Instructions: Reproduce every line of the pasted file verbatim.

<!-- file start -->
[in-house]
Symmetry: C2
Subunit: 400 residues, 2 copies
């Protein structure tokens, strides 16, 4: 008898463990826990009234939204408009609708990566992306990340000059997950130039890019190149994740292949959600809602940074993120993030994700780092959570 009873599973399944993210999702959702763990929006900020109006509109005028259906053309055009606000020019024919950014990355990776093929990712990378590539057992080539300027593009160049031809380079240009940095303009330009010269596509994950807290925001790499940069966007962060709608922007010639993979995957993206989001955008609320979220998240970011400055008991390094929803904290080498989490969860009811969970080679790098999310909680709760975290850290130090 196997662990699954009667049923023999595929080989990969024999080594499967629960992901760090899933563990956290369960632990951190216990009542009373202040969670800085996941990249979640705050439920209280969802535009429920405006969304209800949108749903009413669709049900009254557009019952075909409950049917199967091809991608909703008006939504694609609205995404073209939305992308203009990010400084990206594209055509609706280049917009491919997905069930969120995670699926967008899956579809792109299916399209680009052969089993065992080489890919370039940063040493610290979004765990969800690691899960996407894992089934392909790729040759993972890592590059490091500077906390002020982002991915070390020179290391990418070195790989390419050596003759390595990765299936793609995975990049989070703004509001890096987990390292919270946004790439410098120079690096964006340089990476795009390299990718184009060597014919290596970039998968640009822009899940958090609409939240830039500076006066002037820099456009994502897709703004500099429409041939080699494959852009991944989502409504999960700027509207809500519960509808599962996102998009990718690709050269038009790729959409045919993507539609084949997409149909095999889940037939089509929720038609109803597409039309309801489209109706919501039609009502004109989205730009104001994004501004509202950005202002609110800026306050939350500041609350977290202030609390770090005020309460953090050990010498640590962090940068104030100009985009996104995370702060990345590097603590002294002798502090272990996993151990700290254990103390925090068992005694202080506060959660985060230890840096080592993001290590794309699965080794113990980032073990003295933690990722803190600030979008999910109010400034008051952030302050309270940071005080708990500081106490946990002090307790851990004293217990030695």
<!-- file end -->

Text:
[in-house]
Symmetry: C2
Subunit: 400 residues, 2 copies
């Protein structure tokens, strides 16, 4: 008898463990826990009234939204408009609708990566992306990340000059997950130039890019190149994740292949959600809602940074993120993030994700780092959570 009873599973399944993210999702959702763990929006900020109006509109005028259906053309055009606000020019024919950014990355990776093929990712990378590539057992080539300027593009160049031809380079240009940095303009330009010269596509994950807290925001790499940069966007962060709608922007010639993979995957993206989001955008609320979220998240970011400055008991390094929803904290080498989490969860009811969970080679790098999310909680709760975290850290130090 196997662990699954009667049923023999595929080989990969024999080594499967629960992901760090899933563990956290369960632990951190216990009542009373202040969670800085996941990249979640705050439920209280969802535009429920405006969304209800949108749903009413669709049900009254557009019952075909409950049917199967091809991608909703008006939504694609609205995404073209939305992308203009990010400084990206594209055509609706280049917009491919997905069930969120995670699926967008899956579809792109299916399209680009052969089993065992080489890919370039940063040493610290979004765990969800690691899960996407894992089934392909790729040759993972890592590059490091500077906390002020982002991915070390020179290391990418070195790989390419050596003759390595990765299936793609995975990049989070703004509001890096987990390292919270946004790439410098120079690096964006340089990476795009390299990718184009060597014919290596970039998968640009822009899940958090609409939240830039500076006066002037820099456009994502897709703004500099429409041939080699494959852009991944989502409504999960700027509207809500519960509808599962996102998009990718690709050269038009790729959409045919993507539609084949997409149909095999889940037939089509929720038609109803597409039309309801489209109706919501039609009502004109989205730009104001994004501004509202950005202002609110800026306050939350500041609350977290202030609390770090005020309460953090050990010498640590962090940068104030100009985009996104995370702060990345590097603590002294002798502090272990996993151990700290254990103390925090068992005694202080506060959660985060230890840096080592993001290590794309699965080794113990980032073990003295933690990722803190600030979008999910109010400034008051952030302050309270940071005080708990500081106490946990002090307790851990004293217990030695």